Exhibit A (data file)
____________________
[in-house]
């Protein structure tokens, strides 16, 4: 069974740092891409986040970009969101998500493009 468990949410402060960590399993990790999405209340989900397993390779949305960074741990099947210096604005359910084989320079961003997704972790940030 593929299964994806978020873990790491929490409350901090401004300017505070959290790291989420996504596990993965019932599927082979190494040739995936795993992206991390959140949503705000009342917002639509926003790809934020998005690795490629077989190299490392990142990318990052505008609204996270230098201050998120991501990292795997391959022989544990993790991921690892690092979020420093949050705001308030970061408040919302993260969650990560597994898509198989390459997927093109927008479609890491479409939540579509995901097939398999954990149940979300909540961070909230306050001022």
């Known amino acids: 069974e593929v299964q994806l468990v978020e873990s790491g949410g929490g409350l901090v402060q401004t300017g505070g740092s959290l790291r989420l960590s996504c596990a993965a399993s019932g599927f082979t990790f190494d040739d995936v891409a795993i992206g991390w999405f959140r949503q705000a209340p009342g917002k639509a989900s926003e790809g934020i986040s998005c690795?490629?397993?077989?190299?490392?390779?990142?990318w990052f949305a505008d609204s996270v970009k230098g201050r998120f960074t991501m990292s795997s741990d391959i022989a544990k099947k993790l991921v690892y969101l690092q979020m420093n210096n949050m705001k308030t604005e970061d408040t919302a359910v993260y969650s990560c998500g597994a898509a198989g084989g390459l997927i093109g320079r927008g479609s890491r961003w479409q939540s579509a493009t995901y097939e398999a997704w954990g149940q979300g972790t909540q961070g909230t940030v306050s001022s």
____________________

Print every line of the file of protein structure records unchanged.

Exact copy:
[in-house]
């Protein structure tokens, strides 16, 4: 069974740092891409986040970009969101998500493009 468990949410402060960590399993990790999405209340989900397993390779949305960074741990099947210096604005359910084989320079961003997704972790940030 593929299964994806978020873990790491929490409350901090401004300017505070959290790291989420996504596990993965019932599927082979190494040739995936795993992206991390959140949503705000009342917002639509926003790809934020998005690795490629077989190299490392990142990318990052505008609204996270230098201050998120991501990292795997391959022989544990993790991921690892690092979020420093949050705001308030970061408040919302993260969650990560597994898509198989390459997927093109927008479609890491479409939540579509995901097939398999954990149940979300909540961070909230306050001022």
């Known amino acids: 069974e593929v299964q994806l468990v978020e873990s790491g949410g929490g409350l901090v402060q401004t300017g505070g740092s959290l790291r989420l960590s996504c596990a993965a399993s019932g599927f082979t990790f190494d040739d995936v891409a795993i992206g991390w999405f959140r949503q705000a209340p009342g917002k639509a989900s926003e790809g934020i986040s998005c690795?490629?397993?077989?190299?490392?390779?990142?990318w990052f949305a505008d609204s996270v970009k230098g201050r998120f960074t991501m990292s795997s741990d391959i022989a544990k099947k993790l991921v690892y969101l690092q979020m420093n210096n949050m705001k308030t604005e970061d408040t919302a359910v993260y969650s990560c998500g597994a898509a198989g084989g390459l997927i093109g320079r927008g479609s890491r961003w479409q939540s579509a493009t995901y097939e398999a997704w954990g149940q979300g972790t909540q961070g909230t940030v306050s001022s």